Besides being unhealthy for the body, holding onto rage way past its expiration date makes it impossible to move forward to a place of real healing. If you feel rage all the time, you simply cannot move forward. It blocks you from opening your heart to all the good things that life can offer. Frankly, I was just becoming bored with it. There had to be something better beyond it–and there is!

I see this unwillingness or inability to let go of chronic rage and hatred in many survivors of narcissistic abuse, especially ACONs who were raised by narcissistic parents. Of course it’s perfectly understandable to feel an almost overwhelming sense of injustice and betrayal when you realize your own parents didn’t love you and in fact probably hated you and set you up to fail in life. It’s understandable to hate the people who were supposed to nurture you and give you the tools you needed to have a happy life but instead attempted to murder your soul. I get it, I really do. I felt that way about my mother for many years.


Some of these chronically angry abuse survivors have embraced a mentality of perpetual victimhood, using their rage as a sort of trophy “proving” how abused they were. They can’t or won’t let go of their rage because it makes them feel vindicated. I remember reading a comment from one angry ACON who said if he/she were to let go of their bitterness and hatred, they would have let their abusers “win.” But this person is wrong. Because paradoxically, remaining stuck in misery, rage and hatred is making it impossible for this person to heal and live a happy life, and isn’t being miserable exactly what their narcs want? Holding onto rage and wallowing in all the ways they victimized us vindicates the narcissist, not the victim. If our rage destroys or kills us (because eventually it can), the narcissists will be throwing a party to celebrate.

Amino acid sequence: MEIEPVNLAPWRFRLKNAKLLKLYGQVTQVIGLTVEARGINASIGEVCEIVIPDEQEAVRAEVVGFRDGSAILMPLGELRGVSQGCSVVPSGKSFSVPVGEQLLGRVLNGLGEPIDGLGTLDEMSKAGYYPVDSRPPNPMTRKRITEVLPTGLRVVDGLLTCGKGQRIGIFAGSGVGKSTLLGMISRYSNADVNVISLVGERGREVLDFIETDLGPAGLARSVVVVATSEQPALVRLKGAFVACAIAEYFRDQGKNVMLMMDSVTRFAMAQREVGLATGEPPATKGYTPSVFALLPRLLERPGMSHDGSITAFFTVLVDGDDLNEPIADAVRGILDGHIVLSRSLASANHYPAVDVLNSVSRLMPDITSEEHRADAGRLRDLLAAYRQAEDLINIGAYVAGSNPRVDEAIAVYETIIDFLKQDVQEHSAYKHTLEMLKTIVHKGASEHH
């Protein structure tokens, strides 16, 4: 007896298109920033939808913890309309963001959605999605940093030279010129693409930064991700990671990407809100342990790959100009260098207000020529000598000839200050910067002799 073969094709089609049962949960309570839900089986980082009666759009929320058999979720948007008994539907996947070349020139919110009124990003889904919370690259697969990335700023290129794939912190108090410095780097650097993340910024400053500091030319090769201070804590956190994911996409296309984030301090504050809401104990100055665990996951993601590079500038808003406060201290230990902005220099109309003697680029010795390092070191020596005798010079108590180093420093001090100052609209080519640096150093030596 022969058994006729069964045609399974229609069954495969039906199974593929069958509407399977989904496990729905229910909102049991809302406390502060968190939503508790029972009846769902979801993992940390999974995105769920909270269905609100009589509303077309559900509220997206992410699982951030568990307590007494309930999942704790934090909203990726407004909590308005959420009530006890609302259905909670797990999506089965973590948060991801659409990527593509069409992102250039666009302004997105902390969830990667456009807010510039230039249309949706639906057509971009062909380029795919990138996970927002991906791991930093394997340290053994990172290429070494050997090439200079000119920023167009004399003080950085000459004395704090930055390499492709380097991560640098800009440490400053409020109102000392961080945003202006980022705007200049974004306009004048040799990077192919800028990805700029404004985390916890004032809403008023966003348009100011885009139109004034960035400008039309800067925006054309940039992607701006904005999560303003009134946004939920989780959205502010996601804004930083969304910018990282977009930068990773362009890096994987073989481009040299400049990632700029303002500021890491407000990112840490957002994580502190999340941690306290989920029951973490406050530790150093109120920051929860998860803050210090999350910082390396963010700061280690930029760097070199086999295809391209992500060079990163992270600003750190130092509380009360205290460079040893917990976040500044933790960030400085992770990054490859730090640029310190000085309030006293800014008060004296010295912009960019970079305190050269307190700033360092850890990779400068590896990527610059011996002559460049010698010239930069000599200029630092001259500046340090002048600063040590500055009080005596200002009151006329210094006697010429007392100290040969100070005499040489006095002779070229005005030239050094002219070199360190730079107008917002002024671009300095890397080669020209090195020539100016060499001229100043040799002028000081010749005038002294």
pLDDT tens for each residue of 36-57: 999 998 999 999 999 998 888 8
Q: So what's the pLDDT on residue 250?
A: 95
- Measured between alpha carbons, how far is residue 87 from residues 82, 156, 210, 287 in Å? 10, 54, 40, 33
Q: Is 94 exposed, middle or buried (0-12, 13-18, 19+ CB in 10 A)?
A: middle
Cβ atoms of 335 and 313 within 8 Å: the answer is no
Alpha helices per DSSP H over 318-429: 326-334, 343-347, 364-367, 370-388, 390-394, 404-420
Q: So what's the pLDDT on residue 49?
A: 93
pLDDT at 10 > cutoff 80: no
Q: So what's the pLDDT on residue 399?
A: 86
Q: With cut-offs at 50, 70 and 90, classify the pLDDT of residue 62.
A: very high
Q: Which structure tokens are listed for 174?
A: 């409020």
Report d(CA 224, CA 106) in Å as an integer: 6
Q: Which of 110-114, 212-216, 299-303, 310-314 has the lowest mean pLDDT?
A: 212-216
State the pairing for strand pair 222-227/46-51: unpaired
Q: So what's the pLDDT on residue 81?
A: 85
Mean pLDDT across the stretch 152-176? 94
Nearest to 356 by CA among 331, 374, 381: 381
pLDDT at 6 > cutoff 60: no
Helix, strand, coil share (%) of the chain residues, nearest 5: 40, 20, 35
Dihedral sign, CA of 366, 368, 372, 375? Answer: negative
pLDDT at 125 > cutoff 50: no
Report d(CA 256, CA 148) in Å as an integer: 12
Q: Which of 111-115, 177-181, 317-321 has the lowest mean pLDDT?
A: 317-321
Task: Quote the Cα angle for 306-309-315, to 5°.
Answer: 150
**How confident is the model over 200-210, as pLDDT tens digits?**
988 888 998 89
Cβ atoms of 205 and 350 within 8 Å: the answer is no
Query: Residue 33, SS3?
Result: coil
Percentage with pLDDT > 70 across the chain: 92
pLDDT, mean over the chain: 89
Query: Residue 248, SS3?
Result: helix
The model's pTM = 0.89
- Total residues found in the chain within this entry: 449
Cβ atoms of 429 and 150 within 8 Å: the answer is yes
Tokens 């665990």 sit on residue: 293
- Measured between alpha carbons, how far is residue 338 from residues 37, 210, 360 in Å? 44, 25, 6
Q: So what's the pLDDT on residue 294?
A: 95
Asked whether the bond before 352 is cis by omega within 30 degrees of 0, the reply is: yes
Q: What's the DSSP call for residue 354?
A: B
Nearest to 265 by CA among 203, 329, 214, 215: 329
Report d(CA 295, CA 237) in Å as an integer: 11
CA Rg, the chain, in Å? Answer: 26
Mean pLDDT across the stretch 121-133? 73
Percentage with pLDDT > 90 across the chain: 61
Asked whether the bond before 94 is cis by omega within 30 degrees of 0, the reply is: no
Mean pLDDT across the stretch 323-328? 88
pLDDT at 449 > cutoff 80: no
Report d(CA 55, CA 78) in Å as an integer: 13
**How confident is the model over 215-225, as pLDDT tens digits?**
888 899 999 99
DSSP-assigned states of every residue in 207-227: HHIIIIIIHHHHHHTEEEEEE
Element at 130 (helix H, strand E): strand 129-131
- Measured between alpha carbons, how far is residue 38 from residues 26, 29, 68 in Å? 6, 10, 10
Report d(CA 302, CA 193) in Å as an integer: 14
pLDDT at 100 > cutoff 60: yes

I think the best revenge is to live well. If a victim of abuse moves into a place of peace where healing is possible and can learn to become happy and even successful in life and stop using their victimhood as a kind of trophy, their narcissists will HATE that! Nothing enrages an abuser more than seeing their victims become happy and successful (and not bitter or angry). So how does healing ourselves and letting go of our “trophies” of rage and hate let the narcs win? It doesn’t. In fact, WE win and THEY lose.

But if I were to say this to them (and I have), I would be accused of “victim blaming” and even “narc hugging.” They would say my blog is “dangerous” to abuse survivors (and they have!) They would accuse me of having no empathy for their plight and am in fact taking the side of those who abused them! None of that is true. They just don’t get it. They think that because I’m suggesting they move away from their hatred, this means I’m blaming them for their misery and making excuses for the narcissists who abused them. This is a dangerous and tragic misunderstanding because they can’t even see the way they have been turned against themselves by their own narcissists! They can’t allow themselves to ever feel happy or let go of the bitterness that continues to hold them hostage to their narcissists even after they’ve gone No Contact.